When I was in high school, my friend stopped an incident of bullying with one quiet question.
“Pam” (not her real name) and I were at the beach, standing at the water’s edge, 16 years old. A group of three guys stood to our right. Another adolescent, male, swam alone in the surf. At the same moment, Pam and I realized the group next to us was angling for our approval.
“Look at him!”
Pam and I exchanged a confused glance.
“Can’t even swim.”
They pointed to the water, where the swimmer navigated the ocean like a dolphin.
“He looks like a total jerk.”
The boy — maybe 17 — caught a wave and rode it to shore. He rose to his feet and headed back out, diving through the breakers. His timing was perfect, a strong swimmer, at home in the crashing surf of the California coast. His skill was clearly a threat to the three fine gentlemen to our right.
“He’s a f – -!”
“Total f – -!”
“Definitely a f – -!” They gave each other high fives.
I said quietly, “Let’s go,” but Pam shook her head. Instead, she faced the three boys and spoke softly.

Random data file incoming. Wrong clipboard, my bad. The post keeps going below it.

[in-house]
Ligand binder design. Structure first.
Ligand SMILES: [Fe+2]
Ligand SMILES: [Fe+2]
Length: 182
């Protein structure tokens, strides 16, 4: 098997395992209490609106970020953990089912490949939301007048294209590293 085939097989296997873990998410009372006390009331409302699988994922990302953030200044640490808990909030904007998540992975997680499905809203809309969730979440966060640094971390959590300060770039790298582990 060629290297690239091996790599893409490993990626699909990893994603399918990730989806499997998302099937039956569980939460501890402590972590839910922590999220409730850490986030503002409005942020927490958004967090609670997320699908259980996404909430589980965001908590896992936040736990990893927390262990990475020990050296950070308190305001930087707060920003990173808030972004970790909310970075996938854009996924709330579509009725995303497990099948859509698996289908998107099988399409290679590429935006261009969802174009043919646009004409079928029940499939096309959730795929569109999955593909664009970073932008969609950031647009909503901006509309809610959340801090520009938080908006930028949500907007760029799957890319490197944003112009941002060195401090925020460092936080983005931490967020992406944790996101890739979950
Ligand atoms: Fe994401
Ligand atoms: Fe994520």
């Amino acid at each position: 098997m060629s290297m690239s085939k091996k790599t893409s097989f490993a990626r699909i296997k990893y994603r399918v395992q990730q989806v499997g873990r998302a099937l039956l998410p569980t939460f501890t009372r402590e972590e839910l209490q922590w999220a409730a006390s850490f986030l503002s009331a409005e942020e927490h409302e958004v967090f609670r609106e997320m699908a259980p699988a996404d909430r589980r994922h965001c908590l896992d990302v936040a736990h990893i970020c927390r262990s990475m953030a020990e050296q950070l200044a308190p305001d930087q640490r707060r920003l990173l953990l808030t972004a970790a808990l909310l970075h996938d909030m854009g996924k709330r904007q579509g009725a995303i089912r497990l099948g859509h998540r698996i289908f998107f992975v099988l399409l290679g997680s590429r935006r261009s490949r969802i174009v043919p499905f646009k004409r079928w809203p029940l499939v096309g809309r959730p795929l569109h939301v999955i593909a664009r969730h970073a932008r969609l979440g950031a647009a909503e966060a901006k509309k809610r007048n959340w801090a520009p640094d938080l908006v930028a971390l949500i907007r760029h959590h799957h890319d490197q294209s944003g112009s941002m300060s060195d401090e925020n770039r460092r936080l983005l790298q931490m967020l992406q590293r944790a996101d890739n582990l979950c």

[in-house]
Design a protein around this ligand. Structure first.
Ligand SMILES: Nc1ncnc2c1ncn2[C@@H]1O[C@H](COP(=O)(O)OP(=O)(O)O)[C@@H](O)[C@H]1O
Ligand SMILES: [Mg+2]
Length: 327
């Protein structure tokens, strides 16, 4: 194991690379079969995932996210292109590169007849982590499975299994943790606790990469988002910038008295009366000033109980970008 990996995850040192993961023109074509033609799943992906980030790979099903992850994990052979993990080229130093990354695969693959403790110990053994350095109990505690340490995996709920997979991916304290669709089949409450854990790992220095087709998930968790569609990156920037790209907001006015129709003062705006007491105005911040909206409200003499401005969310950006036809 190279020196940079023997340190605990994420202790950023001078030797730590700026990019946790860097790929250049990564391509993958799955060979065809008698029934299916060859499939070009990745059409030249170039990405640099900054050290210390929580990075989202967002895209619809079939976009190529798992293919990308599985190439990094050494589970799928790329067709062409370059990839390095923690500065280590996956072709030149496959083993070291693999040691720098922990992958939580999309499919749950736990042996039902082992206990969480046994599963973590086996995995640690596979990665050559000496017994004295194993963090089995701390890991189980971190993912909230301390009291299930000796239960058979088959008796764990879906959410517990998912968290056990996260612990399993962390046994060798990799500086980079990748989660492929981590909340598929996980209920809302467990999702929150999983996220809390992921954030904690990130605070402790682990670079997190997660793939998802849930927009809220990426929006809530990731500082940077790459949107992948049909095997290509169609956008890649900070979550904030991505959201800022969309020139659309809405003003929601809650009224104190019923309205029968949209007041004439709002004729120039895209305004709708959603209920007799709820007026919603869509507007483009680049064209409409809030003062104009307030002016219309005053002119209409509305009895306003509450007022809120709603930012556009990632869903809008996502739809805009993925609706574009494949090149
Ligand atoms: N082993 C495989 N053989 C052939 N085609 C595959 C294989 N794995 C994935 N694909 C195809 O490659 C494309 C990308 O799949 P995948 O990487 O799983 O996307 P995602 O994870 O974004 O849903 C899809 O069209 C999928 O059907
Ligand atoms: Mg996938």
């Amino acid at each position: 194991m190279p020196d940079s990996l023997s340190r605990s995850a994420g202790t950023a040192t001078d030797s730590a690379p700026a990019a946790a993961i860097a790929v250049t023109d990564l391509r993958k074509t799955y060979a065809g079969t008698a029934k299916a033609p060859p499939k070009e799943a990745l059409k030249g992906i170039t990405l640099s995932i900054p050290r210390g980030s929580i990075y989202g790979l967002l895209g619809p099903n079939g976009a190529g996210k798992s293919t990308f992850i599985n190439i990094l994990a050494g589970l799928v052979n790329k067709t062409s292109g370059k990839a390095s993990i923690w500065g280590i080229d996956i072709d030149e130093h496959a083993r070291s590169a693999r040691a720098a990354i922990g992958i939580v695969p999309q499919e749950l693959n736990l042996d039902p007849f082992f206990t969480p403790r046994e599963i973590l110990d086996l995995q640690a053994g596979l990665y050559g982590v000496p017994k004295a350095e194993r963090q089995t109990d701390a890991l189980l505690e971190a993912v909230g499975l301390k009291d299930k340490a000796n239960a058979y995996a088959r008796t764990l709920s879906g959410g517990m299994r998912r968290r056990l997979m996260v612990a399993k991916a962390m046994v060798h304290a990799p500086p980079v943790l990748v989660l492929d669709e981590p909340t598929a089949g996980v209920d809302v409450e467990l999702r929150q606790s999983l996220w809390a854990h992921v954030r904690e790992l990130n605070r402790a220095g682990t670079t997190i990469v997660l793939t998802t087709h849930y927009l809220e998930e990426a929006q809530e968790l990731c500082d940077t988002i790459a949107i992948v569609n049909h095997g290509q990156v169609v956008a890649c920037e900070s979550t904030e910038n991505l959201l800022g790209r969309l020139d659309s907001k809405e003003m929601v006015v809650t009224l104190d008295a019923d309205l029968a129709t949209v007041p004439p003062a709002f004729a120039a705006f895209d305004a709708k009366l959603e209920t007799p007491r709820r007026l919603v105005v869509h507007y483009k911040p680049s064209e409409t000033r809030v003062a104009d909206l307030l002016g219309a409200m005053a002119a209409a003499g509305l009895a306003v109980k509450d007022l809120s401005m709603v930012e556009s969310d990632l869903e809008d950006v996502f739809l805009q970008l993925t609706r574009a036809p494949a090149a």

“What if he is?”
They stared at her. Then one pointed to the water. “F – -!”
She shrugged disarmingly and repeated, “What if he is?”
They looked at each other, then back at her. “Well, nothing, I guess.”
She held her ground for a long moment, then turned to me. “Let’s swim.”
For the next hour, we bodysurfed with the swimmer. We left the ocean together, streaming water, warm in the salty sun. He invited us to join his friends, and we feasted on iced tea, veggies, hummus, chips, guacamole. The pack of three glanced at us periodically, but didn’t approach. We never asked if the swimmer and his two friends were gay for the same reason they didn’t ask us: it didn’t matter.
What. If. He. Is.
Four simple words. Mightier than the sword.